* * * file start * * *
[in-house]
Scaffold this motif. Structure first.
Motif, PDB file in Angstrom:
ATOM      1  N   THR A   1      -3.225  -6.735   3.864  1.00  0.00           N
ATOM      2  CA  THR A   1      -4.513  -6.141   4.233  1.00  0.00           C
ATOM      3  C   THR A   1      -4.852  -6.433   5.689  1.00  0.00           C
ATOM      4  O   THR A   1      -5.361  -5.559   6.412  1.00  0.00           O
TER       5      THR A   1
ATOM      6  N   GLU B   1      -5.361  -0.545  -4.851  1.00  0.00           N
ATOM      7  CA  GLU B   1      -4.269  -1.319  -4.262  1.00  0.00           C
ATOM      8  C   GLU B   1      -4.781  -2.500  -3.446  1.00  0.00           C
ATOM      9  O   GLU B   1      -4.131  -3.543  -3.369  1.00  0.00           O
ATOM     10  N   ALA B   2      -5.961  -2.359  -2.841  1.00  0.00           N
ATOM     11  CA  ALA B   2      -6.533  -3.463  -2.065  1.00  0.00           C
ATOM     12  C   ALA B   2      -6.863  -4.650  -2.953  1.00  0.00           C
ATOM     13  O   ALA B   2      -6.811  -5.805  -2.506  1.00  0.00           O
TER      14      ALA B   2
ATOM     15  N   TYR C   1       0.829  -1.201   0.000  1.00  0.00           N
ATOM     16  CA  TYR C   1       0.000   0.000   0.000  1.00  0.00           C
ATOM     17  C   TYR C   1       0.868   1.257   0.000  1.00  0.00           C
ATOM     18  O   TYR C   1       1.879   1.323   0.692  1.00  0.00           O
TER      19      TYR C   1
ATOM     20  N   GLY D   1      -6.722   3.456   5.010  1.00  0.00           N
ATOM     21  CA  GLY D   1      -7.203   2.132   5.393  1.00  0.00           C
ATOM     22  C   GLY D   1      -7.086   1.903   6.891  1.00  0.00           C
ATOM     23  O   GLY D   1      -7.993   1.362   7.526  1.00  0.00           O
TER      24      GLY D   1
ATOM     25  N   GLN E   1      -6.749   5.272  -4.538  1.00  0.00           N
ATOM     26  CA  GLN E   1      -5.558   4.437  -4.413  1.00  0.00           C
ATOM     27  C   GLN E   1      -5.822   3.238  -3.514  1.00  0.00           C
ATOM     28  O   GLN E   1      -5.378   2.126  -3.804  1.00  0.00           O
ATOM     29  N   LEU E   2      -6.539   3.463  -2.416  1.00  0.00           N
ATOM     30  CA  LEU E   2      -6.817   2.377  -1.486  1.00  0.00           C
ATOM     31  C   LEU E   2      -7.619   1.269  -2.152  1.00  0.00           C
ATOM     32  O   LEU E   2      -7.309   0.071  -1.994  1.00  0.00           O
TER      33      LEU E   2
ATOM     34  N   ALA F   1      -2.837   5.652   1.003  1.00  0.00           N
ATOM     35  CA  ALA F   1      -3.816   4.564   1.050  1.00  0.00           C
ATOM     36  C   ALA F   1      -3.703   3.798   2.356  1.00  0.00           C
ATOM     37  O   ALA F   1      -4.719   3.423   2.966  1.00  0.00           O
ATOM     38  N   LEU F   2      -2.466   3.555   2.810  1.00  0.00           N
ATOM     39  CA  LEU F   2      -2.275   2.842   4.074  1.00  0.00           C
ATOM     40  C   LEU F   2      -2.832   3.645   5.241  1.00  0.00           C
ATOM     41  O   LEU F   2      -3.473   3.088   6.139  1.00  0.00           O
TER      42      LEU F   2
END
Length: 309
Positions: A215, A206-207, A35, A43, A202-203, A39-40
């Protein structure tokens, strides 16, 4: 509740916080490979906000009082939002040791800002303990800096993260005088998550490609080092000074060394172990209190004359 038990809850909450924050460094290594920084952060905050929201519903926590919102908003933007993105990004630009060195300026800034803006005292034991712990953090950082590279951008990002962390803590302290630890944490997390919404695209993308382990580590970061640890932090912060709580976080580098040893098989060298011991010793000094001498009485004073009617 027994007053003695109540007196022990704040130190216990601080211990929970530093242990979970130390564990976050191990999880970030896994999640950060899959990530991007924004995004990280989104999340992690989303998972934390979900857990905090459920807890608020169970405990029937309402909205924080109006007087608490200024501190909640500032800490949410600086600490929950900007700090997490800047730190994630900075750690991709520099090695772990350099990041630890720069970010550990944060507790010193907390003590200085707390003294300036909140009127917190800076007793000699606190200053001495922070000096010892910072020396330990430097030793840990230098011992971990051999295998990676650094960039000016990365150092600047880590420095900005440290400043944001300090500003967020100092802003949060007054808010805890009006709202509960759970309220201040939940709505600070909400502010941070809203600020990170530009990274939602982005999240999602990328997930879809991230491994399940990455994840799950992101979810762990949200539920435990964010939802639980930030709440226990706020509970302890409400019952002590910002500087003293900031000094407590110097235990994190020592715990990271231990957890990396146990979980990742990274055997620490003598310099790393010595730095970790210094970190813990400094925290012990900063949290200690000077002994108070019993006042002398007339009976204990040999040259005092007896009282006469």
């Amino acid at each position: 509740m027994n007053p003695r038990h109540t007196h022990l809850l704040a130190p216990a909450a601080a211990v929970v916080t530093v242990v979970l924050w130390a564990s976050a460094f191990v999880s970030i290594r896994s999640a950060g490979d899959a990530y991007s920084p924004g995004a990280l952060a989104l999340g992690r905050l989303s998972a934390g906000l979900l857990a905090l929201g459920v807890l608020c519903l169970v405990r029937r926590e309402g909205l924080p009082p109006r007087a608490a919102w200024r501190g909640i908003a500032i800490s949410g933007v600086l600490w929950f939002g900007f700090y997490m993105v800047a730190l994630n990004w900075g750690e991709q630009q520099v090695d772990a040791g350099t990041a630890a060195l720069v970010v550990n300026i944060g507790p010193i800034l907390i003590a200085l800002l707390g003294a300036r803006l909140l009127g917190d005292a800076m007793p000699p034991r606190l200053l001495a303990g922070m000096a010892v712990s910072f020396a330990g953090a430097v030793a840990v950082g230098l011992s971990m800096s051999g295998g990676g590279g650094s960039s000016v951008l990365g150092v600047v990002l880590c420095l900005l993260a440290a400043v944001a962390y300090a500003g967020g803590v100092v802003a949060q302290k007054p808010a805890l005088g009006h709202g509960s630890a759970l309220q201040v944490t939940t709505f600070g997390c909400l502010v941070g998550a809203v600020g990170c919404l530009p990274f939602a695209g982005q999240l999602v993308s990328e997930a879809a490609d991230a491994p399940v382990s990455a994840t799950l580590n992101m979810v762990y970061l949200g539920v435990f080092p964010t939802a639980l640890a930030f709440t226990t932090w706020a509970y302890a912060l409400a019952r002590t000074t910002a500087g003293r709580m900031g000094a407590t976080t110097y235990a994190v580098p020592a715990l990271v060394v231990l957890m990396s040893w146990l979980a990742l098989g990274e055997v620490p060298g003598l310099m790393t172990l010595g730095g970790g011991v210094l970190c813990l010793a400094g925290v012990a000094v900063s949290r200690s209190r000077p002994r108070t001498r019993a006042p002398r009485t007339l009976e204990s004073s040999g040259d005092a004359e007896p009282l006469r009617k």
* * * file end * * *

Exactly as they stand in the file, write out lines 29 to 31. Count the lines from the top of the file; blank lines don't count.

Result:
ATOM     26  CA  GLN E   1      -5.558   4.437  -4.413  1.00  0.00           C
ATOM     27  C   GLN E   1      -5.822   3.238  -3.514  1.00  0.00           C
ATOM     28  O   GLN E   1      -5.378   2.126  -3.804  1.00  0.00           O